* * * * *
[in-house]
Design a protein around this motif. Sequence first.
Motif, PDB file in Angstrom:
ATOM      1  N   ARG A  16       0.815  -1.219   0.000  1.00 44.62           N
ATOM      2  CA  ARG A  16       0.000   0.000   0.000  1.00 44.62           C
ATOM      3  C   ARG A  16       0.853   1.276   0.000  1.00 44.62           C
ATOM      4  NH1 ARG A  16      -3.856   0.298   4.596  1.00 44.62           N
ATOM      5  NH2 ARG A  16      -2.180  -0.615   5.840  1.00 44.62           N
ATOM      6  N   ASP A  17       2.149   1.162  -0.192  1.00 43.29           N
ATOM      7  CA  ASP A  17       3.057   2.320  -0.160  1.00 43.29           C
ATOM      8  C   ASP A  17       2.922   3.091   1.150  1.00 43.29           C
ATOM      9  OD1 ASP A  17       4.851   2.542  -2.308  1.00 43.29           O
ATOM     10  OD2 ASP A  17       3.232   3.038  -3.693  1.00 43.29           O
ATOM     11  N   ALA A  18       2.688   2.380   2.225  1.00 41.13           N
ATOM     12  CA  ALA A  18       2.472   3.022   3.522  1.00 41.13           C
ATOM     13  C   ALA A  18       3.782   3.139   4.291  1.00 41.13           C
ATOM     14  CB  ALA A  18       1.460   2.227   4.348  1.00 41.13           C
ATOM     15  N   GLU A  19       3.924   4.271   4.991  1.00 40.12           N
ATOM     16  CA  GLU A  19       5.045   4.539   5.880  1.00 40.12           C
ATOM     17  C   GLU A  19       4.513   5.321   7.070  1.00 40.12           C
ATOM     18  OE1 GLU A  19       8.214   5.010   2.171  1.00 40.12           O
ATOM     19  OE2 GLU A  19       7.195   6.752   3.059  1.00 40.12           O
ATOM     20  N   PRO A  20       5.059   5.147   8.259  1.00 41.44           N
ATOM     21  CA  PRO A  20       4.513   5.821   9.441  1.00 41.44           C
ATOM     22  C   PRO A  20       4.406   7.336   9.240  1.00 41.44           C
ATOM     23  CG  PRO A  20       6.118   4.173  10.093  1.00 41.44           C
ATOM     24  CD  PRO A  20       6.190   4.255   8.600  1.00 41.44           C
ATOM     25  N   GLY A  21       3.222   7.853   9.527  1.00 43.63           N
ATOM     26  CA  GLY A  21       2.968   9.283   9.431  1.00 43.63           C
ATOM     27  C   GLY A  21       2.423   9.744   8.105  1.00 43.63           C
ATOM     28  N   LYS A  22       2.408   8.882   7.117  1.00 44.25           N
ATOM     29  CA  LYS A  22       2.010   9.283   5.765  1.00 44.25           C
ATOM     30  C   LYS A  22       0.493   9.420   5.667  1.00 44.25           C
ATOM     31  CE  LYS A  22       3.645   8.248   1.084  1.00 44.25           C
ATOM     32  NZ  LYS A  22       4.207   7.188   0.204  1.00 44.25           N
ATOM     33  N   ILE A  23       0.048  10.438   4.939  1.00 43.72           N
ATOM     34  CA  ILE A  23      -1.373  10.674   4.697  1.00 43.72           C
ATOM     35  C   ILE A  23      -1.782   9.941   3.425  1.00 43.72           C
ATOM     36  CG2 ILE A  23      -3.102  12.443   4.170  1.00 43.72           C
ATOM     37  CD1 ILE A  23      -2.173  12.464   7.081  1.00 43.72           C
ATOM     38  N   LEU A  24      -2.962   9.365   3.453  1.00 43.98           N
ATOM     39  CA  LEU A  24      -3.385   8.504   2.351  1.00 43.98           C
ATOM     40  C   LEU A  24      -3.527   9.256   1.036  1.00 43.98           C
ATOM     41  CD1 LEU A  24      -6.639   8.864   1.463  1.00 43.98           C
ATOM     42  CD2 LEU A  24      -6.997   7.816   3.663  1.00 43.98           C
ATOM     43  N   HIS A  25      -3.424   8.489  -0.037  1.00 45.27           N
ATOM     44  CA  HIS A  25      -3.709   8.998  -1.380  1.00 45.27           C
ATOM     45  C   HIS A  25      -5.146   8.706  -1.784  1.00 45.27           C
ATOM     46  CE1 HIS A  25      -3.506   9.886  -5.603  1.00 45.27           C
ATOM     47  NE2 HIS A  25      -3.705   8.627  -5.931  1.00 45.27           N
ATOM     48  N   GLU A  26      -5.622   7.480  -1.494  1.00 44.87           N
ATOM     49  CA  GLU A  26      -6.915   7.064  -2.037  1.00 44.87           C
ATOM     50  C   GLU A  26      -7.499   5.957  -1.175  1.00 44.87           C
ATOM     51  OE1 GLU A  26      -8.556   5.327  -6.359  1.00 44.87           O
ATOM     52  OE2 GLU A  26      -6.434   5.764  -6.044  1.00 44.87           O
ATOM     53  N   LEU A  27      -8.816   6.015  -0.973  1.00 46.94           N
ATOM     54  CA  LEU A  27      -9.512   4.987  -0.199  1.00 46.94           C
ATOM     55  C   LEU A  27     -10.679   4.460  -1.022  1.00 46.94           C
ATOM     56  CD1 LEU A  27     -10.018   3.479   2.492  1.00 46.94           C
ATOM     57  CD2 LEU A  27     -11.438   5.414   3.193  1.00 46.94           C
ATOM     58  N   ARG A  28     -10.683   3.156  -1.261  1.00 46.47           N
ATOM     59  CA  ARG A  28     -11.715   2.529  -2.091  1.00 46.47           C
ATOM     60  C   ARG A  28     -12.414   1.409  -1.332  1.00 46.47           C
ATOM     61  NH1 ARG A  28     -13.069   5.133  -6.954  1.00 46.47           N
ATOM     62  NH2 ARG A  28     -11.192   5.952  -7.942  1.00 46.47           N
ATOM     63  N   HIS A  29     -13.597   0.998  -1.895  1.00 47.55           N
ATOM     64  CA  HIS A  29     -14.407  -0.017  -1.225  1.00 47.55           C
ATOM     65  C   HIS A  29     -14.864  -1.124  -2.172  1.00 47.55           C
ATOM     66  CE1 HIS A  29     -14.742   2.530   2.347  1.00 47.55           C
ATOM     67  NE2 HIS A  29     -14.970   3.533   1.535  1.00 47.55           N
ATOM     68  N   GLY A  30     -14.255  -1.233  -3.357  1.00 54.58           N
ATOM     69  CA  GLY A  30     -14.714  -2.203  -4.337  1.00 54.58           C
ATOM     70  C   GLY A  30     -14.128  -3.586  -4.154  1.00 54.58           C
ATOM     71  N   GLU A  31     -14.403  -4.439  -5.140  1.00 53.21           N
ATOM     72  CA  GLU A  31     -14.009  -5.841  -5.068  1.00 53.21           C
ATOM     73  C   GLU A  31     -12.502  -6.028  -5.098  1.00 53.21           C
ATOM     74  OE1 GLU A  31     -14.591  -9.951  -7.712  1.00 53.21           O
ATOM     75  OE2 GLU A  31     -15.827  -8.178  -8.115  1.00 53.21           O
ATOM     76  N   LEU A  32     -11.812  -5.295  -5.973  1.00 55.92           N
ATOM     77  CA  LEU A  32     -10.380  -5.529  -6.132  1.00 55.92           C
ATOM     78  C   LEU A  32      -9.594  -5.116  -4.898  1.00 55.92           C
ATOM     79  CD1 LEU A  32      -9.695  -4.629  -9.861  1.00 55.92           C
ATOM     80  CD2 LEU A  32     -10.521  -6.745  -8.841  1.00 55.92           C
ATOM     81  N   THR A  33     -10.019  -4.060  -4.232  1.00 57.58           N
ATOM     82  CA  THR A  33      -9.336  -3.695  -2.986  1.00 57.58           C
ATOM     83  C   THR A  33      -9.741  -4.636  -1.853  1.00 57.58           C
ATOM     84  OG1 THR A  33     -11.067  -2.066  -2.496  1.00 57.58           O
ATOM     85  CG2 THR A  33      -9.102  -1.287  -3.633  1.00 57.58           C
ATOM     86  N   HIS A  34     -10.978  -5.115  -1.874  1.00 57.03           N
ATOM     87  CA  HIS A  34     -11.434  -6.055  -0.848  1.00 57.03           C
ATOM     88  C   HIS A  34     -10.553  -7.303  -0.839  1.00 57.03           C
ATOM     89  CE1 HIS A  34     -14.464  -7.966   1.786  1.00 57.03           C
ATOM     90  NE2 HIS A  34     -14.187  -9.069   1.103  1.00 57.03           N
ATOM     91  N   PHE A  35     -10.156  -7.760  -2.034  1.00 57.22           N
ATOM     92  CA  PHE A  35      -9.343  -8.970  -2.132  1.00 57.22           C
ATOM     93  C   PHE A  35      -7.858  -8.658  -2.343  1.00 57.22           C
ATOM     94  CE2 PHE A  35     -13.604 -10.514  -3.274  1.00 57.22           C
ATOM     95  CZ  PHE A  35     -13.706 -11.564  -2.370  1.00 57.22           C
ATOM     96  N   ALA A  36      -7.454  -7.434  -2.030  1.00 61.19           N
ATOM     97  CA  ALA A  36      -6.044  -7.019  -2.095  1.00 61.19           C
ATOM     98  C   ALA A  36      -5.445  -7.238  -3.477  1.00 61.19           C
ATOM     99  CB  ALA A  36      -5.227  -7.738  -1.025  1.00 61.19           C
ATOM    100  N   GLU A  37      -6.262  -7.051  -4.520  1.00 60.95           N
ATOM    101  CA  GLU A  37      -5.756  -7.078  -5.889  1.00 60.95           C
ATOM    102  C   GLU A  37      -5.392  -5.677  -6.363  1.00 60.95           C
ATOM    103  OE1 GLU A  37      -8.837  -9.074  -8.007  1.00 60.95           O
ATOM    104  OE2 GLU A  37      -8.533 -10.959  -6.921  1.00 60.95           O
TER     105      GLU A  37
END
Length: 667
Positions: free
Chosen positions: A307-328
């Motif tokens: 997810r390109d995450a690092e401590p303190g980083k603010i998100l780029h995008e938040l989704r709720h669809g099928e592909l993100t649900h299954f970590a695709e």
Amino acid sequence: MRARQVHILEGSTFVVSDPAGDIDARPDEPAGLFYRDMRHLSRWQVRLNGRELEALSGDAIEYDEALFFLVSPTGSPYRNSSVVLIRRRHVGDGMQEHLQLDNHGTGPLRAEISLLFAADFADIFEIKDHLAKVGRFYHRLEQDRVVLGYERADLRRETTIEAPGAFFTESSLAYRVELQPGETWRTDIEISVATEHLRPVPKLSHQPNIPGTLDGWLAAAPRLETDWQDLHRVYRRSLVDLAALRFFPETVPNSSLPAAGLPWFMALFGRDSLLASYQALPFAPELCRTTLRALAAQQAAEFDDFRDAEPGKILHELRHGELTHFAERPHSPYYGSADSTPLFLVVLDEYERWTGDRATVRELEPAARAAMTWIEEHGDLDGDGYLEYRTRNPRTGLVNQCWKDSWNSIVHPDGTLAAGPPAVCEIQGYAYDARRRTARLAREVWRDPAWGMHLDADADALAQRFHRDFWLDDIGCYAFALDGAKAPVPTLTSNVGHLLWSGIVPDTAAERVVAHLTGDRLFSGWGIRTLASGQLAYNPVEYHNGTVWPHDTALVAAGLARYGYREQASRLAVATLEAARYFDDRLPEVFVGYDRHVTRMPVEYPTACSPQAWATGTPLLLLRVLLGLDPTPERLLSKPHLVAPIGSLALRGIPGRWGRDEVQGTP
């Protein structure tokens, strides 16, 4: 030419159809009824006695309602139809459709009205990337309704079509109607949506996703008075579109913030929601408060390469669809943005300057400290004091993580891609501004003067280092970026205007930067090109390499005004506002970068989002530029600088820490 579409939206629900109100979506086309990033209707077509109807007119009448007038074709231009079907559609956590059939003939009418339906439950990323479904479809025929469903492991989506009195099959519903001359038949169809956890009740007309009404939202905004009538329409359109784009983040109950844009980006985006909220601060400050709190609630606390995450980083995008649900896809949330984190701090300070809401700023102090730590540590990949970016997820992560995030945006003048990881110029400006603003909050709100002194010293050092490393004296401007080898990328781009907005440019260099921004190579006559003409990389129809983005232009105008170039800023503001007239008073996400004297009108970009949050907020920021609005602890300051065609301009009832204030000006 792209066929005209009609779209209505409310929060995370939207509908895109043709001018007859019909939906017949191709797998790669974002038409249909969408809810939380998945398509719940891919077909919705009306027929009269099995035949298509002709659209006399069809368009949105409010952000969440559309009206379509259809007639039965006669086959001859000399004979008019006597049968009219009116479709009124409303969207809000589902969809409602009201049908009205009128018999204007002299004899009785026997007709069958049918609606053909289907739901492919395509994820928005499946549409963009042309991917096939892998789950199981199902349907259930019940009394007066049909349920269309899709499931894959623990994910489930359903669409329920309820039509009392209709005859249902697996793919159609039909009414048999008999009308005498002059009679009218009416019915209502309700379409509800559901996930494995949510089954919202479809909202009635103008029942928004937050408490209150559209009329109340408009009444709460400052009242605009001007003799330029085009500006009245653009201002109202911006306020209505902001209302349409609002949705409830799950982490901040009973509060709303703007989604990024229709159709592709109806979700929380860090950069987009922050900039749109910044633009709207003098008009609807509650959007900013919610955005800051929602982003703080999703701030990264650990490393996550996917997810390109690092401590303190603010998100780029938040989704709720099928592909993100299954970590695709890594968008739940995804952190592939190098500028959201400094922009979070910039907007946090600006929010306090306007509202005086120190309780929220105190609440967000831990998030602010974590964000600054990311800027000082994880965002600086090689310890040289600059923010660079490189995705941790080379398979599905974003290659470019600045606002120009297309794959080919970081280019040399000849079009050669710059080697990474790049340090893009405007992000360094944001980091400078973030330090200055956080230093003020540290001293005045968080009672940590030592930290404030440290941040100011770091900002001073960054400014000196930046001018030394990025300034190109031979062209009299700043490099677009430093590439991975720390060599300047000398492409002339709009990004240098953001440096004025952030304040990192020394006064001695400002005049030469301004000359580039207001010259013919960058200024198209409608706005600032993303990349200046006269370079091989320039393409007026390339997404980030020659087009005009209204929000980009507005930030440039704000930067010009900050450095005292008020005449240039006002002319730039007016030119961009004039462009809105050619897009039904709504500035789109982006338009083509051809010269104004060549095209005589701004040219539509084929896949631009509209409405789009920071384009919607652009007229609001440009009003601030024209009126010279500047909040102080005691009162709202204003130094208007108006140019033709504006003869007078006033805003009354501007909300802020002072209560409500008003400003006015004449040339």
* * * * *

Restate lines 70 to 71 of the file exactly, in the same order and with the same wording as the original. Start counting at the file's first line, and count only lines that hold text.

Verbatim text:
ATOM     67  NE2 HIS A  29     -14.970   3.533   1.535  1.00 47.55           N
ATOM     68  N   GLY A  30     -14.255  -1.233  -3.357  1.00 54.58           N